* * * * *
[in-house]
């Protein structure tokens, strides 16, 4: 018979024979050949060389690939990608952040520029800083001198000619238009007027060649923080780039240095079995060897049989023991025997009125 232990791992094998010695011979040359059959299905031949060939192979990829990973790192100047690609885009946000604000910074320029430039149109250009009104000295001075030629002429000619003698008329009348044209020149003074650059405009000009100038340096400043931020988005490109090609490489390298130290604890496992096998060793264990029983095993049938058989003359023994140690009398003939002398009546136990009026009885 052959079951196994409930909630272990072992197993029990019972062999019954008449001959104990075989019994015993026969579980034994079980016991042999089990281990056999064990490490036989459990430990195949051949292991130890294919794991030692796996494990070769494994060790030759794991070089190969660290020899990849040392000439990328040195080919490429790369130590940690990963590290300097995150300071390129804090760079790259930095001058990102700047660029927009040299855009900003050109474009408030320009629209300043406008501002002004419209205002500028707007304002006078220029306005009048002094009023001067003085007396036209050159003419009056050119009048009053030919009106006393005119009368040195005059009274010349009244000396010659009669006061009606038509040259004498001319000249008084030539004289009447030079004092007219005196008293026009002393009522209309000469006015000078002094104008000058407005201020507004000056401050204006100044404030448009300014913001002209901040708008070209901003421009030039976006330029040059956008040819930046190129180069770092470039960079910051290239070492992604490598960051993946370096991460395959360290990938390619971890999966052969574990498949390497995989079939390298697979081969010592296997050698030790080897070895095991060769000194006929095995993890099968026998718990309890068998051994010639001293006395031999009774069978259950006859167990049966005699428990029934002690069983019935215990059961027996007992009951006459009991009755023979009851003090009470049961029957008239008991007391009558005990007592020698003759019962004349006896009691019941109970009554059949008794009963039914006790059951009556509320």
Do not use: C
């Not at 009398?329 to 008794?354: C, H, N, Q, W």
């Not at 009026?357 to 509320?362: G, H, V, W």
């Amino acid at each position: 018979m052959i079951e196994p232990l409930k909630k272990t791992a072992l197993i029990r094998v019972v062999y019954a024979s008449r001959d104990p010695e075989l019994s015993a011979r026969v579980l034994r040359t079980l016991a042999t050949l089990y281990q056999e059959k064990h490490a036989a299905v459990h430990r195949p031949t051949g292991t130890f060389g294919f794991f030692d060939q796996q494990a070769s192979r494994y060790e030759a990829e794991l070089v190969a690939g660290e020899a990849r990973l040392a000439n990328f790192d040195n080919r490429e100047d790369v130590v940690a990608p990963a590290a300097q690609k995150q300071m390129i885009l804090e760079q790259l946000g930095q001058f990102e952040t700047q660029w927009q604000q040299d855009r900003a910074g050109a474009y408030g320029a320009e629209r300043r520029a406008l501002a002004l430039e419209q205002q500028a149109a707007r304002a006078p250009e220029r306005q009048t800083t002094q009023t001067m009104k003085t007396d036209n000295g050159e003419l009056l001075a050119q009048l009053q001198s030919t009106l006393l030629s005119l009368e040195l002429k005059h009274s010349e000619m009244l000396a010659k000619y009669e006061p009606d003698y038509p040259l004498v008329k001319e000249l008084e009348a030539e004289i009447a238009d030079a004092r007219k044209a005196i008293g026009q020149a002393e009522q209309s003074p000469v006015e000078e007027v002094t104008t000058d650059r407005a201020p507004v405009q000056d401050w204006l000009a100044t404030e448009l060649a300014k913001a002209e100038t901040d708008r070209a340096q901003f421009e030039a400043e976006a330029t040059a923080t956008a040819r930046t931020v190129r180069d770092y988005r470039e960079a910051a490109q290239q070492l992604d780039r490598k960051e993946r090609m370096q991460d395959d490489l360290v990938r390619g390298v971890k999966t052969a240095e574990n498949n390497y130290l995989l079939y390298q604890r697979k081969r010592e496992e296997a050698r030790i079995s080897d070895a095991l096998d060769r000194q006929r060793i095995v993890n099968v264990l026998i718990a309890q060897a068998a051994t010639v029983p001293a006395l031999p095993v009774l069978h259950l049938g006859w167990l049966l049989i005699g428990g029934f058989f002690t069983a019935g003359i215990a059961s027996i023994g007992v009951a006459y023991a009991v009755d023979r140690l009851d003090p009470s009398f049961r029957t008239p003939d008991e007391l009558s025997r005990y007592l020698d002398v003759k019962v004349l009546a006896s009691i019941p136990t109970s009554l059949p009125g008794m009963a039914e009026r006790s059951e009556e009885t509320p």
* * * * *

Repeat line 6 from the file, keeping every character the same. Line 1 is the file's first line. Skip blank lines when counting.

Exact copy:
């Amino acid at each position: 018979m052959i079951e196994p232990l409930k909630k272990t791992a072992l197993i029990r094998v019972v062999y019954a024979s008449r001959d104990p010695e075989l019994s015993a011979r026969v579980l034994r040359t079980l016991a042999t050949l089990y281990q056999e059959k064990h490490a036989a299905v459990h430990r195949p031949t051949g292991t130890f060389g294919f794991f030692d060939q796996q494990a070769s192979r494994y060790e030759a990829e794991l070089v190969a690939g660290e020899a990849r990973l040392a000439n990328f790192d040195n080919r490429e100047d790369v130590v940690a990608p990963a590290a300097q690609k995150q300071m390129i885009l804090e760079q790259l946000g930095q001058f990102e952040t700047q660029w927009q604000q040299d855009r900003a910074g050109a474009y408030g320029a320009e629209r300043r520029a406008l501002a002004l430039e419209q205002q500028a149109a707007r304002a006078p250009e220029r306005q009048t800083t002094q009023t001067m009104k003085t007396d036209n000295g050159e003419l009056l001075a050119q009048l009053q001198s030919t009106l006393l030629s005119l009368e040195l002429k005059h009274s010349e000619m009244l000396a010659k000619y009669e006061p009606d003698y038509p040259l004498v008329k001319e000249l008084e009348a030539e004289i009447a238009d030079a004092r007219k044209a005196i008293g026009q020149a002393e009522q209309s003074p000469v006015e000078e007027v002094t104008t000058d650059r407005a201020p507004v405009q000056d401050w204006l000009a100044t404030e448009l060649a300014k913001a002209e100038t901040d708008r070209a340096q901003f421009e030039a400043e976006a330029t040059a923080t956008a040819r930046t931020v190129r180069d770092y988005r470039e960079a910051a490109q290239q070492l992604d780039r490598k960051e993946r090609m370096q991460d395959d490489l360290v990938r390619g390298v971890k999966t052969a240095e574990n498949n390497y130290l995989l079939y390298q604890r697979k081969r010592e496992e296997a050698r030790i079995s080897d070895a095991l096998d060769r000194q006929r060793i095995v993890n099968v264990l026998i718990a309890q060897a068998a051994t010639v029983p001293a006395l031999p095993v009774l069978h259950l049938g006859w167990l049966l049989i005699g428990g029934f058989f002690t069983a019935g003359i215990a059961s027996i023994g007992v009951a006459y023991a009991v009755d023979r140690l009851d003090p009470s009398f049961r029957t008239p003939d008991e007391l009558s025997r005990y007592l020698d002398v003759k019962v004349l009546a006896s009691i019941p136990t109970s009554l059949p009125g008794m009963a039914e009026r006790s059951e009556e009885t509320p």